Green Leaves is the cheap, humble, crunchy, veggie-friendly alternative to… pretty much anything else in walking distance. The service? Preternaturally friendly. The level of pretension? I've seen bus-station grills with less thought-out interior design. The prices? Hovering around diner-level. A menu that's not branded, but rather expanded--everything from "Rock and Roll Noodles" (they're wide as a freeway) to previously undiscovered pancakes and other unique breakfast-for-whichever-time-you-come-through options. (I'm into the tropical pancakes.) If you have to spend over seven bones on lunch, you're bad at math. Green Leaves is young, and still finding its way. If you're a strict vegan, tell the waiter (and also the cook, if you can) before you order--as long as you're not an unapologetic assache, they'll keep the cheese off you. Whatever else it's got, it's got the drop on anyone else in Los Feliz who wants to play "recession-friendly." If you're from a small town, it's like a trip home without the stomach ache.



Posted By:  Noah Albert
Photo:  Noah Albert

Spicy BBQ Restaurant
Spicy BBQ features great food in a low-key LA mini-mall setting. The northern-Thai dishes here are really off the hook. I can not recommend the Northern Thai Egg Noodles (Khao soi) enough! The other dishes I have tried so far from the northern-Thai section of the menu include the spicy jackfruit, the pork dip and the pork salad and they are all really good too. Jonathan Gold mentions the pork patties in his review and I will have to try those next time I eat there. There is no keeping me away from this place which I honestly consider a neighborhood treasure. The dining area is small; a lot of people come by to pick up their to-go orders too.



Posted By:  Emerson Dameron
Photo:  Emerson Dameron

The Figure 8 Mural
Stephen Paul "Elliot" Smith wrote some painful, painful music. Nothing in his catalogue can be heard passively--to listen to Smith's records is to behold and absorb the hopeless agony that, uh, his characters felt. Smith grew up in the South and made his name in the Pacific Northwest, but he died in LA. Supposedly from self-inflicted a stab wound to his chest. Which is a tad suspicious. Aren't there martial artists that spend their whole lives learning to do something like that? No one is quite sure what really happened, and Silverlake has not gotten over Smith's death--he's still the Smokey Robinson of the protracted breakup. This swirly mural, which was featured on the cover of his 2000 LP Figure 8, has become a living shrine, with flowers and graffiti. Figure 8 includes the song "Easy Way Out," which is, going-on nine years after Smith's early exit, still confusing as all hell.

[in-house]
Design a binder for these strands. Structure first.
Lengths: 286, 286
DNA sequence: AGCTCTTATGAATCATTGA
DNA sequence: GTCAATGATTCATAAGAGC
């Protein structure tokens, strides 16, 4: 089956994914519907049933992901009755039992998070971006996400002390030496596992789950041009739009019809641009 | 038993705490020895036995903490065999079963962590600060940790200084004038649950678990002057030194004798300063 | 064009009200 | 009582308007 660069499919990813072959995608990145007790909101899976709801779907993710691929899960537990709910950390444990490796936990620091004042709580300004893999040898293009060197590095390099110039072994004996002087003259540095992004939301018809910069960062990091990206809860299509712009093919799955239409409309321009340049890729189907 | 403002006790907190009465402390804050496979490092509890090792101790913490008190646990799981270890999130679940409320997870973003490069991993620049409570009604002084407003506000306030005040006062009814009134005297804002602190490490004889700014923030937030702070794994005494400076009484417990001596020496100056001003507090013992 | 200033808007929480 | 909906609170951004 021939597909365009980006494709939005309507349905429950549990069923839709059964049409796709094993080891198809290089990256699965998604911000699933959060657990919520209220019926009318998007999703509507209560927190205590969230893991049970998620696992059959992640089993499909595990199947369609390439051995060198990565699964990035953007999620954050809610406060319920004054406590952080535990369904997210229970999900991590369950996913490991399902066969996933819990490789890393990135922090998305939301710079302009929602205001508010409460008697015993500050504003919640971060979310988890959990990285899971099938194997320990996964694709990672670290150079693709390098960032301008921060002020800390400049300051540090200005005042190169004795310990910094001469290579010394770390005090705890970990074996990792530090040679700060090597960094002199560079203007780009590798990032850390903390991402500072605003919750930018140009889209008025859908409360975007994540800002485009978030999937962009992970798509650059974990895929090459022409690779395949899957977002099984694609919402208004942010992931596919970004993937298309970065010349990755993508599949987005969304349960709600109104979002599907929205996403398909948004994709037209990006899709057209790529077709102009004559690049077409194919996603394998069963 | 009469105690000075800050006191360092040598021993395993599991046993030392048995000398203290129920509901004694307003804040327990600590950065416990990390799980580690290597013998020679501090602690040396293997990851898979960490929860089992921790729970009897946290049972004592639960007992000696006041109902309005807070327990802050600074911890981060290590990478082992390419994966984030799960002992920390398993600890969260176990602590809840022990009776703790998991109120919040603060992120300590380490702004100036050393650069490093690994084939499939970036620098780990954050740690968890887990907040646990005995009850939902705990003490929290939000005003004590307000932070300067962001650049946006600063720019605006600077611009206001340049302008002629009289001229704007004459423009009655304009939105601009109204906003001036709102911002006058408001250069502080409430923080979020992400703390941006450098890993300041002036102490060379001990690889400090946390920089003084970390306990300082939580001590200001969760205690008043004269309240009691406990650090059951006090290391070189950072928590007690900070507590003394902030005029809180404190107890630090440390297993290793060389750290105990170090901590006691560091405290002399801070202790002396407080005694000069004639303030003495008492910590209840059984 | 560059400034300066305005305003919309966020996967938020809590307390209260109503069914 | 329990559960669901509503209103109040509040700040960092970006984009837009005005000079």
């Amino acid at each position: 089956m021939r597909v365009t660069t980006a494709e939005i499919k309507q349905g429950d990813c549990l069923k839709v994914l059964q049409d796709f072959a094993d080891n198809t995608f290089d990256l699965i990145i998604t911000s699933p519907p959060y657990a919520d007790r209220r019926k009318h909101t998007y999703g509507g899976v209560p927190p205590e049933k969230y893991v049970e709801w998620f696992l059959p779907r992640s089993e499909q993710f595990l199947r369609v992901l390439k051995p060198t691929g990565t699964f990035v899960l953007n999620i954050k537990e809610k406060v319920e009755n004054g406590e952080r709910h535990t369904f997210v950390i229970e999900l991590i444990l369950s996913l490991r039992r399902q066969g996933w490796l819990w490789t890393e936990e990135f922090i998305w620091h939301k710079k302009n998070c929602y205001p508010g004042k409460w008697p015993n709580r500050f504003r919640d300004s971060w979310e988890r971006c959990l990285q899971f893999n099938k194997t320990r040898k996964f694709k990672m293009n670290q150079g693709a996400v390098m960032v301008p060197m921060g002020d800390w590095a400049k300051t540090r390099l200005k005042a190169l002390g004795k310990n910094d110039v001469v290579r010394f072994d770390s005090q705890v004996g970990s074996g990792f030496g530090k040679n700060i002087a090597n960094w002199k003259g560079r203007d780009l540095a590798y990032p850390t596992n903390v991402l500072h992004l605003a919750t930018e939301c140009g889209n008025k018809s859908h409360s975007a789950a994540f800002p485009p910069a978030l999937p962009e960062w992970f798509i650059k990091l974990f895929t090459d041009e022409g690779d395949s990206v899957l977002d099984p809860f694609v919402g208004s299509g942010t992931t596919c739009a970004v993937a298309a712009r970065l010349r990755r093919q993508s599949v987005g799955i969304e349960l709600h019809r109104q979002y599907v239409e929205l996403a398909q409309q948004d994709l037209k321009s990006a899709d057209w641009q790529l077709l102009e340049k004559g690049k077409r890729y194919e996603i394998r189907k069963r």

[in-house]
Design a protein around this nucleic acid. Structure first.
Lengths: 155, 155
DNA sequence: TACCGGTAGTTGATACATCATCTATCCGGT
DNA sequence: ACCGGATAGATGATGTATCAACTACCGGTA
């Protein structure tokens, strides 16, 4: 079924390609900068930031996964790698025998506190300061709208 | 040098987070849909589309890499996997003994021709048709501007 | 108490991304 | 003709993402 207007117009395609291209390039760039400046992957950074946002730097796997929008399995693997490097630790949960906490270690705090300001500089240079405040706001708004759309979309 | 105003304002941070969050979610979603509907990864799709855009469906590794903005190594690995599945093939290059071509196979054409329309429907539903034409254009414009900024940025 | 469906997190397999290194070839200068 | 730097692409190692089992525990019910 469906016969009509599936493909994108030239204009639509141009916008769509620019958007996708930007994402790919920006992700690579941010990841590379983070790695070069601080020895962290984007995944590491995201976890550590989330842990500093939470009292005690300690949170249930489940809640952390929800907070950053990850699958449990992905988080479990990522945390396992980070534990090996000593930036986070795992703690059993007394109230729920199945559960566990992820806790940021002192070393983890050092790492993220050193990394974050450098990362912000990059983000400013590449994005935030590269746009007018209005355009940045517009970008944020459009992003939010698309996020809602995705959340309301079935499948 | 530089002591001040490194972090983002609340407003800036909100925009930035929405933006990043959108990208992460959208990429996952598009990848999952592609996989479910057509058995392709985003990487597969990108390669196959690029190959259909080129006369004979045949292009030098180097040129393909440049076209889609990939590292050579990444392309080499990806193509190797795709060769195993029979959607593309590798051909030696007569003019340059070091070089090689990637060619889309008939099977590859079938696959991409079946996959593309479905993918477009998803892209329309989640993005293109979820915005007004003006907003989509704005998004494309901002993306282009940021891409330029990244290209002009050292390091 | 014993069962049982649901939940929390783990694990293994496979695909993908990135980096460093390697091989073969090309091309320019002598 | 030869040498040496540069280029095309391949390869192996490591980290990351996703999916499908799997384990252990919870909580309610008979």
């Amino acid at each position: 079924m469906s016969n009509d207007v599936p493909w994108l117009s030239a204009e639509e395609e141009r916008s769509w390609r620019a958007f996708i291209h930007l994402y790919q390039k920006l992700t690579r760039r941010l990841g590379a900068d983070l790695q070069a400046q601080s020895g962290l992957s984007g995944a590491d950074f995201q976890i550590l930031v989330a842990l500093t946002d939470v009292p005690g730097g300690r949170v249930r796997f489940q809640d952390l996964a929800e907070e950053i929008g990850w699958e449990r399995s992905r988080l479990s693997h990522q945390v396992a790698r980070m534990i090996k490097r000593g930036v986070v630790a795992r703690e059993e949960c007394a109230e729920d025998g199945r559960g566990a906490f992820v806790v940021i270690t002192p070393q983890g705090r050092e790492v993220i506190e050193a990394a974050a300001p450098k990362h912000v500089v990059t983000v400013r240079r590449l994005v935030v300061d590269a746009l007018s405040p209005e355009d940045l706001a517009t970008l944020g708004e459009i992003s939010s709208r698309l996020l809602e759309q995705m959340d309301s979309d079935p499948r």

Posted By:  Rob Tallia
Photo:  Rob Tallia

Vermonica
Vermonica is an example of why it's great to be alive, to have internet access, and to work at NFT. I took this shot when we were in LA of these seemingly random streetlamps in a Rite-Aid parking lot on the corner of Vermont & Santa Monica Boulevard; we then ran a photo contest to see who'd be the first person to correctly identify what it was. The result? Dozens of responses within an hour, correctly identifying it as Sheila Klein's urban "sculpture" from 1993. Anyone have any night shots they want to upload of this? We'll send anyone who has a good one a free NFT-LA guide!



Posted By:  Bon Vivant
Photo:  Bon Vivant

Sapp Coffee Shop
Sapp Coffee Shop is my favorite Thai restaurant in LA--this place is the ultimate dive with great food. I remember a while back I was going to host a dinner at Sapp and some well meaning person sent me an email informing me that Sapp had received a "C" grade from the County Health Department (I was convinced that said grade was due to the fact that the chef hung out in the kitchen wearing a bathrobe and curlers.) My belief is that, with the exception of sushi restaurants, the lower the grade the better the food.  The grade has since been bumped up to a "B" but the food here is still great. Sapp is known for two dishes: Thai Boat Noodles and Jade Noodles. When I'm coming down with a cold or flu I instantly eat Boat Noodles because no bacteria or virus can survive in a host along with Boat Noodles (long story).  But most of the time, since I'm a girly-girl, I order the Jade Noodles. Why? Because they are so pretty.



Posted By:  Emerson Dameron
Photo:  Emerson Dameron

Steve Allen Theater
Showbiz polymath and Tonight Show creator Steve Allen helped build platforms for many of the 20th Century's great eccentrics, including Lenny Bruce, Jack Kerouac and Frank Zappa, exposing them to a national audience. He was also an avowed skeptic and secular humanist his namesake theater shares a building with the Center For Inquiry. If he was wrong about the afterlife, he must be proud of the cast of raisincakes that perform at the SAT. It boasts one of the most diverse and unpredictable schedules of film, music and comedy in Southern California. Recurring features include Friday night's "Drive-In" (showcasing campy horror flicks) and the Tomorrow Show (at midnight, separating Saturday and Sunday), a raw, messy and sporadically brilliant variety show. If the show drags on, the seats can get uncomfortable, but that's usually a worthwhile risk.



Posted By:  Emerson Dameron
Photo:  Emerson Dameron

Cuba Libre Latin Café Bar